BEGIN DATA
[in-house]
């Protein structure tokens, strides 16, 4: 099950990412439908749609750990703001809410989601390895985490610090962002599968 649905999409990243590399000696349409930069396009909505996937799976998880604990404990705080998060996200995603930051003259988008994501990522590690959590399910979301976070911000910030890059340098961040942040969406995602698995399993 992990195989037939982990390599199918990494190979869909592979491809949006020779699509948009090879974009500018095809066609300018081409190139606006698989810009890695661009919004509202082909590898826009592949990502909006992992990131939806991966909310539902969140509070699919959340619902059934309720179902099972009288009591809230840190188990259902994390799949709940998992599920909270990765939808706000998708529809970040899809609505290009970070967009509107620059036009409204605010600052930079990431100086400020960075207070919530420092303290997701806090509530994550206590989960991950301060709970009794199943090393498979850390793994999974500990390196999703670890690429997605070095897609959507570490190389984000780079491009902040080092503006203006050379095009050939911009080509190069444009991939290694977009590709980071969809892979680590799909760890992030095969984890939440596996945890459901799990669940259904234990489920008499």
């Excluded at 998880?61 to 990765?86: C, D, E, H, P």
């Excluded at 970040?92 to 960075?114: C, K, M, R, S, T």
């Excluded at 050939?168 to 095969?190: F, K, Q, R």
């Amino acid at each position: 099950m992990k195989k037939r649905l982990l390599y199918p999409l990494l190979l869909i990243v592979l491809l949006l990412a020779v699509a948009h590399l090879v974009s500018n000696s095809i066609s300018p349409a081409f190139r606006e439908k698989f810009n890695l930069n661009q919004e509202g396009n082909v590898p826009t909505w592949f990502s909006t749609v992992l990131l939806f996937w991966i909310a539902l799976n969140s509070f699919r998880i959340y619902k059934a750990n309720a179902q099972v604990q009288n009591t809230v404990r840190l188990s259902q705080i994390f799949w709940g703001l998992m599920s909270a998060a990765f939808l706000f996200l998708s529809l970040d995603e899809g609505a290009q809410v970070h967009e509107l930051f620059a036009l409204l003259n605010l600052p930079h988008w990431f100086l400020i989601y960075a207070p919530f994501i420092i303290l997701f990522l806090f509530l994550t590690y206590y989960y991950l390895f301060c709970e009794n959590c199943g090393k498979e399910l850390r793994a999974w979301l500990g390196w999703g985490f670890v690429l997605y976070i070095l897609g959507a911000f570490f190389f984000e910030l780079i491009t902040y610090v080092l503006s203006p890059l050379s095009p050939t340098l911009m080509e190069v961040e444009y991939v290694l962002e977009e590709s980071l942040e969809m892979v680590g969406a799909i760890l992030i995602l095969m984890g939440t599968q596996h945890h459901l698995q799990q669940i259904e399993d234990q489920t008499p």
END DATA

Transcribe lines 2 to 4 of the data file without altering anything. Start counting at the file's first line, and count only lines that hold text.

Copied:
């Protein structure tokens, strides 16, 4: 099950990412439908749609750990703001809410989601390895985490610090962002599968 649905999409990243590399000696349409930069396009909505996937799976998880604990404990705080998060996200995603930051003259988008994501990522590690959590399910979301976070911000910030890059340098961040942040969406995602698995399993 992990195989037939982990390599199918990494190979869909592979491809949006020779699509948009090879974009500018095809066609300018081409190139606006698989810009890695661009919004509202082909590898826009592949990502909006992992990131939806991966909310539902969140509070699919959340619902059934309720179902099972009288009591809230840190188990259902994390799949709940998992599920909270990765939808706000998708529809970040899809609505290009970070967009509107620059036009409204605010600052930079990431100086400020960075207070919530420092303290997701806090509530994550206590989960991950301060709970009794199943090393498979850390793994999974500990390196999703670890690429997605070095897609959507570490190389984000780079491009902040080092503006203006050379095009050939911009080509190069444009991939290694977009590709980071969809892979680590799909760890992030095969984890939440596996945890459901799990669940259904234990489920008499």
């Excluded at 998880?61 to 990765?86: C, D, E, H, P």
């Excluded at 970040?92 to 960075?114: C, K, M, R, S, T």